March 12, 2021
Do not conform any longer to the pattern of this world, but be transformed by the renewing of your mind. Then you will be able to test and approve what God’s will is—his good, pleasing and perfect will. (Romans 12:2)
I came to faith in Christ at age 27. For years I had been searching for meaning and direction. The turnabout from a secularized mindset was exhilarating, but I realized that I had a lot of work to do. Somebody at IPC recommended Selwyn Hughes’ Daily Bread, a morning devotional which focused, for a period of time, on topics like prayer, and forgiveness. It helped me a great deal to come to understand the Christian life. I actually noticed that my days were different and better when I took the time in the morning to study the devotional and to pray.
I also noticed that during vacations I was less motivated to study and found it harder to take time out for myself. And then I noticed that to stray in vacations caused me to stray spiritually. I needed to be disciplined.
As Paul writes in his letter to the Romans, it takes “renewing our minds.” That’s a process. Today I believe it’s a life-long process. We live in a world of patterns which are not according to God’s pleasing and perfect will. To be “in the world, but not OF the world” as Jesus put it in John 17:16-18, means constantly shaping our awareness, so we don’t conform to the pattern of this world.
What do we mean by study? I think it means exactly that: shaping our awareness. There are many ways of doing this: reading; mentoring; listening to podcasts; watching videos; journaling; attending worship services, home groups and courses; praying and meditating. The Bible as God’s Word often speaks very directly to us and should have a prominent place in our studying. As Jesus says in John 17:17, “Sanctify them by the truth; your word is truth.” Which means, I believe, that we must expose ourselves to God’s words in the Bible.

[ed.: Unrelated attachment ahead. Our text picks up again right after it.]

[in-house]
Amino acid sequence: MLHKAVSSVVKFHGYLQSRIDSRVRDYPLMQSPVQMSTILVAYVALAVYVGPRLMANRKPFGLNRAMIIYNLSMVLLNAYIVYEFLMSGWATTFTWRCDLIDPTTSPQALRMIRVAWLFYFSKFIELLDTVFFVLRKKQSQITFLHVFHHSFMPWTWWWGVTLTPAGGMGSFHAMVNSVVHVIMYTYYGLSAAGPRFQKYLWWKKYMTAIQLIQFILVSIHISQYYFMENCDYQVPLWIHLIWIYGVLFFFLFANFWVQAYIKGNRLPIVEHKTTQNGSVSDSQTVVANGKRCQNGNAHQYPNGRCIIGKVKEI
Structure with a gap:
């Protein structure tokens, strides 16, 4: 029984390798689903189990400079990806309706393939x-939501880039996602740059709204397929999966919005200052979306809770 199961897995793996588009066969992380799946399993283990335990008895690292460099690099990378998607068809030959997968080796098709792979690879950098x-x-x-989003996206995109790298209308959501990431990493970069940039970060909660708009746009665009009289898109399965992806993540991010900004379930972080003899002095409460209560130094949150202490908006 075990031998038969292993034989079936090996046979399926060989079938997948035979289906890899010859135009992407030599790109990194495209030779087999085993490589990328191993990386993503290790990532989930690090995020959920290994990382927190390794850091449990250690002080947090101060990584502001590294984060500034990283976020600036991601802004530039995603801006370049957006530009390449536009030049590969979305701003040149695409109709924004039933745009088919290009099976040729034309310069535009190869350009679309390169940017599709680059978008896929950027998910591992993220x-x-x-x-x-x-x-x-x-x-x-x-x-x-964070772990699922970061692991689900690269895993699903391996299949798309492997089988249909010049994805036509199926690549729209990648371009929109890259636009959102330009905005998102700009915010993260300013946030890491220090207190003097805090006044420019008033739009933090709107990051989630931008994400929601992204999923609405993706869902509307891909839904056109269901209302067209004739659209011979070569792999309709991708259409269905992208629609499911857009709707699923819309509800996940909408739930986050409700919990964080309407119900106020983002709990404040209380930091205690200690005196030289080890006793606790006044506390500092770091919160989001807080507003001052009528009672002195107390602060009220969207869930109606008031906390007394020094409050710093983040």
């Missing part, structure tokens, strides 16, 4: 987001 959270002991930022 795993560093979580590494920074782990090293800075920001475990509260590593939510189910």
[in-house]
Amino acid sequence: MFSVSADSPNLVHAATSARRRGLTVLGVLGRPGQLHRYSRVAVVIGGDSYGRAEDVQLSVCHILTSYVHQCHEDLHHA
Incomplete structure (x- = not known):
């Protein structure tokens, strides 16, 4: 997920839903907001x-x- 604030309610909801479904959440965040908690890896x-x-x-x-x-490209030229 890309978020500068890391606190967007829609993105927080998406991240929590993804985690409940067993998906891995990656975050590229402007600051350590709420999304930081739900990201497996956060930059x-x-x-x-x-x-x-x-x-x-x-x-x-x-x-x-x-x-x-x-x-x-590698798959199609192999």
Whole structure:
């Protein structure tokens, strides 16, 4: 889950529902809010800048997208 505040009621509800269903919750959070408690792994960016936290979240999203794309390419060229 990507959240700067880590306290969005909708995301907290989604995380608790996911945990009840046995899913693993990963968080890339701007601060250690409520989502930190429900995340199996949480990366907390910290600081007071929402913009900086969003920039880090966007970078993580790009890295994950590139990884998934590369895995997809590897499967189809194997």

Does that mean we have to read through the Bible in one year? I don’t think so, but it may be a worthwhile experience to get such a condensed exposure to all of God’s Word. I did it once, but to me, it’s too superficial and confining. I prefer to go deeper and take time to think and research.
What it does take is discipline. If you find that difficult, consider this: To develop a habit takes six weeks of discipline. If you are strict with yourself for six weeks, you harvest the fruit of it, which is the freedom to do easily what is good for you. Once it’s a habit, it comes easily. I decided to get up half an hour earlier so I would have time to study and pray every morning. In the beginning, it was hard, but sure enough, after six weeks (maybe earlier), I woke up before the alarm went off. Now after 40 years I’m still habitually getting up at 6 and happy for the good habit.